Archive for July 15th, 2010

Come Outside, the Garden is Calling

Thursday, July 15th, 2010

Activity has definitely slowed down during mid-day. Scarcely a leaf stirs. One of the pleasures of the July garden is the tree-shaded patio or terrace where the outdoor garden enthusiast may relax and survey the results of their labors. During this period of reflection it is good to take a second look at the results of the planning done in January and make further plans for the fall garden. In this day of air conditioning, big screen TV and Wii many people are prone to stay inside all day and not relax in the out-of-doors.

Patios and Terraces

Lucky indeed is the family which has a part of the garden developed as a retreat from the excessive heat or cramped interiors. These areas are easily designed and constructed and make a wonderful project for the entire family. They provide an ideal place for outdoor picnics and BBQ or regular eating and in the late evening they are delightful. Have you ever thought of providing a cable connection for the TV on these out-door terraces? There are many possibilities that when properly planned will give a wonderful use of the garden and relieve the house from much heavy traffic.

Planting Garden Plants

Thursday, July 15th, 2010

The factors that most influence the ways in which a plant develops in a garden are the plant’s hardiness, and the site and the aspect of the garden – that is, the amount of shade and the possibility of physical damage by wind if no support is provided.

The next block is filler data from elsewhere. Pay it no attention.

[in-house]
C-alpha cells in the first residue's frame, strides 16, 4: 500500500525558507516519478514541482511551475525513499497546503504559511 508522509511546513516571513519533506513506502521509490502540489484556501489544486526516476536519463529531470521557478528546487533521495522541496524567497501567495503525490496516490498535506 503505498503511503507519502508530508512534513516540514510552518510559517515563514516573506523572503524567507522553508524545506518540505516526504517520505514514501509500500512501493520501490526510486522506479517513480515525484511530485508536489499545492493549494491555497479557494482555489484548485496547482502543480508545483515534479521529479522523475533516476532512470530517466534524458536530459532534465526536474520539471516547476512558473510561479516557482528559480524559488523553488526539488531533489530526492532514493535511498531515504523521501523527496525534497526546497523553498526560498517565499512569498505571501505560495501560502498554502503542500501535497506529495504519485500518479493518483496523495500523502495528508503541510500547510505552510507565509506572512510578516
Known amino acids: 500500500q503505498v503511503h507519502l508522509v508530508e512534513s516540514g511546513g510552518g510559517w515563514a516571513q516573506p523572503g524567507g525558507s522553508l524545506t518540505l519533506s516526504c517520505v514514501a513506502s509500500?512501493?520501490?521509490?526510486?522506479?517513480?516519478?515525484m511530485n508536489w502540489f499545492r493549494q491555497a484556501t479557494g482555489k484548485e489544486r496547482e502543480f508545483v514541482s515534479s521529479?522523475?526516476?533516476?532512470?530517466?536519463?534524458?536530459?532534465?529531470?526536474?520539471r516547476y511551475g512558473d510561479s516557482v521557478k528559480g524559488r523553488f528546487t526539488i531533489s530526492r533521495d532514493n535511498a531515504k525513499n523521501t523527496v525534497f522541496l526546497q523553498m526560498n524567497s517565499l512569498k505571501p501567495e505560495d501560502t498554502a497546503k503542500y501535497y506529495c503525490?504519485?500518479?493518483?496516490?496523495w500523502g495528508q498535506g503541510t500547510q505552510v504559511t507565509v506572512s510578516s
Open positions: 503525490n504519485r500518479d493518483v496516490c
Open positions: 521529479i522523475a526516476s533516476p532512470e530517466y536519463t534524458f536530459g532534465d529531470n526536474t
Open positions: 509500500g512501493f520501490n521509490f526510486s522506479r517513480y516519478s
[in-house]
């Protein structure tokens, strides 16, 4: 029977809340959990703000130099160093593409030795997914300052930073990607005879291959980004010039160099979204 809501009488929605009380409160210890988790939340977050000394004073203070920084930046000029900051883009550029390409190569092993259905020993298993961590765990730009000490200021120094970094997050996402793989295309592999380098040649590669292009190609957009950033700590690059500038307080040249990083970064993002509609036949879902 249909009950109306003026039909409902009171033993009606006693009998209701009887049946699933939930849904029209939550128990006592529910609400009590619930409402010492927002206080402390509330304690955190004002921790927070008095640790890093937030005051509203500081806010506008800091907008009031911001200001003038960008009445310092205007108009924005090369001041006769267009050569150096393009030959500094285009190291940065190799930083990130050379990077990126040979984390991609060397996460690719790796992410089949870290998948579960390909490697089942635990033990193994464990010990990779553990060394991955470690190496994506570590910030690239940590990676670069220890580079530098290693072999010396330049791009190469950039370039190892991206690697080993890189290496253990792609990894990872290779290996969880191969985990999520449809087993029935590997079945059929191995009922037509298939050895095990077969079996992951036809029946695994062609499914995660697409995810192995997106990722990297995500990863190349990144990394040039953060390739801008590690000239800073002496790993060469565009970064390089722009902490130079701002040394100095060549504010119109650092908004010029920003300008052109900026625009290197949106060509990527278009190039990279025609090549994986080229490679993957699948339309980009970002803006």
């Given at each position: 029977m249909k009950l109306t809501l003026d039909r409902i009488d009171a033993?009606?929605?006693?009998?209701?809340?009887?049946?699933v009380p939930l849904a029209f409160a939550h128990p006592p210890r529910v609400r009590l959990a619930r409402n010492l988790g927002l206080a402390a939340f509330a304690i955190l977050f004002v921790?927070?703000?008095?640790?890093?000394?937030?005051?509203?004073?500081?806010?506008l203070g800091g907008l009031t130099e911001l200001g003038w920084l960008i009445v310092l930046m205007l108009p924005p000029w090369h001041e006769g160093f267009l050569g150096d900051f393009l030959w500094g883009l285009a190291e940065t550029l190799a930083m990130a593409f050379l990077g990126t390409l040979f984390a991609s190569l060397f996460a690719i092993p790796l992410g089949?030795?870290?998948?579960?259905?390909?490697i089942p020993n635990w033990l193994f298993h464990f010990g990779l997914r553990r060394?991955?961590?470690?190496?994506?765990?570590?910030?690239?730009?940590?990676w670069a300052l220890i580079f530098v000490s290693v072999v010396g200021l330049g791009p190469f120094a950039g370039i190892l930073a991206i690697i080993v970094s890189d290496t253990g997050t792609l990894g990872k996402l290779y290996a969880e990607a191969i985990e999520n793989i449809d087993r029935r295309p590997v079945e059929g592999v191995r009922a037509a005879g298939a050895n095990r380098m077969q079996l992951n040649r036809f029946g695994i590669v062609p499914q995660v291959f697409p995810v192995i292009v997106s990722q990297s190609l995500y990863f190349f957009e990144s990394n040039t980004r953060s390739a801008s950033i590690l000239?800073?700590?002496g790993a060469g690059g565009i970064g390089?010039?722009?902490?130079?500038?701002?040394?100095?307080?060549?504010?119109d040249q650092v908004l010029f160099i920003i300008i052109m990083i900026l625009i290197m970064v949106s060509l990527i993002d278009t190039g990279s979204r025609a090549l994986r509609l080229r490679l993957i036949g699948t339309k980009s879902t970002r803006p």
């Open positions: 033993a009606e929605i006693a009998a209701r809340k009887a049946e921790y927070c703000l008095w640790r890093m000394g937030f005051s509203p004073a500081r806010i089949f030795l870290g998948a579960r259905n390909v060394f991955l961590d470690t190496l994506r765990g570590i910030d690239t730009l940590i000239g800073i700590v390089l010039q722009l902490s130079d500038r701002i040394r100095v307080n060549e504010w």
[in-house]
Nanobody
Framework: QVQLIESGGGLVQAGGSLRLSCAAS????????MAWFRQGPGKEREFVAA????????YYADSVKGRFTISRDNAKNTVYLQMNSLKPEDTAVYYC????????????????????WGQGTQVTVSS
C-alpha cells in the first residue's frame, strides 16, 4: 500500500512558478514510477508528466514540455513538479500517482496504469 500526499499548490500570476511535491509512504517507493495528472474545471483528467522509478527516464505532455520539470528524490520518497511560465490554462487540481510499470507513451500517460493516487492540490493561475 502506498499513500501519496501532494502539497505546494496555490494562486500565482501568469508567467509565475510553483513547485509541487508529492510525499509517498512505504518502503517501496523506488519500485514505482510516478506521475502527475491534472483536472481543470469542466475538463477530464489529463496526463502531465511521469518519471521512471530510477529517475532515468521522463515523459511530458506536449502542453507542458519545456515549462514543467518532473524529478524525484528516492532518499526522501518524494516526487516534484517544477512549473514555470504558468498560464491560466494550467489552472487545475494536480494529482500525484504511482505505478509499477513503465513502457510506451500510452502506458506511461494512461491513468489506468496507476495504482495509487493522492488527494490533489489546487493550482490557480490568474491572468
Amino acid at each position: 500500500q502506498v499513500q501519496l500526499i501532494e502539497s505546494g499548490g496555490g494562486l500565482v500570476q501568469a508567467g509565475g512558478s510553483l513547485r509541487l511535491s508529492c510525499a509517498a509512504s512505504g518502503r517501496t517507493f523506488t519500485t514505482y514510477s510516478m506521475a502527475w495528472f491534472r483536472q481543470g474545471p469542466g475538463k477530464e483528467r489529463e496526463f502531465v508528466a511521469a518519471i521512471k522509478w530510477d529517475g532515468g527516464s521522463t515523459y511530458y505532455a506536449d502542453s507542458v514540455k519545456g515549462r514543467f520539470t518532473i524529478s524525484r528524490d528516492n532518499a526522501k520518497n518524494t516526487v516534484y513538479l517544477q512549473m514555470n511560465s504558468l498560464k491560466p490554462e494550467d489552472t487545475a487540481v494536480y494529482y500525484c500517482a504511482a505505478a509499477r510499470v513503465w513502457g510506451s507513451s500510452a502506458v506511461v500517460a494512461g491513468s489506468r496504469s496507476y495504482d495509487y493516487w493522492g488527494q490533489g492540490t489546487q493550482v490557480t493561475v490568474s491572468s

A plant’s hardiness is possibly the most important of the three, and it is judged not just by the plant’s ability to withstand winter cold but also the degree to which it might be damaged by Spring frosts.

If you are planning an island bed – that is, one surrounded by lawn – make sure that the largest plants are in the middle, with the smallest ones all around the edges.

All these factors affect the amount of time a plant is exposed to levels of cold that can cause damage to the stem, foliage or, less often, the roots. In the directory each entry includes a minimum temperature that can be tolerated by any plant. If a plant is particularly prone to damage by spring frosts – as are hydrangeas and pieris.

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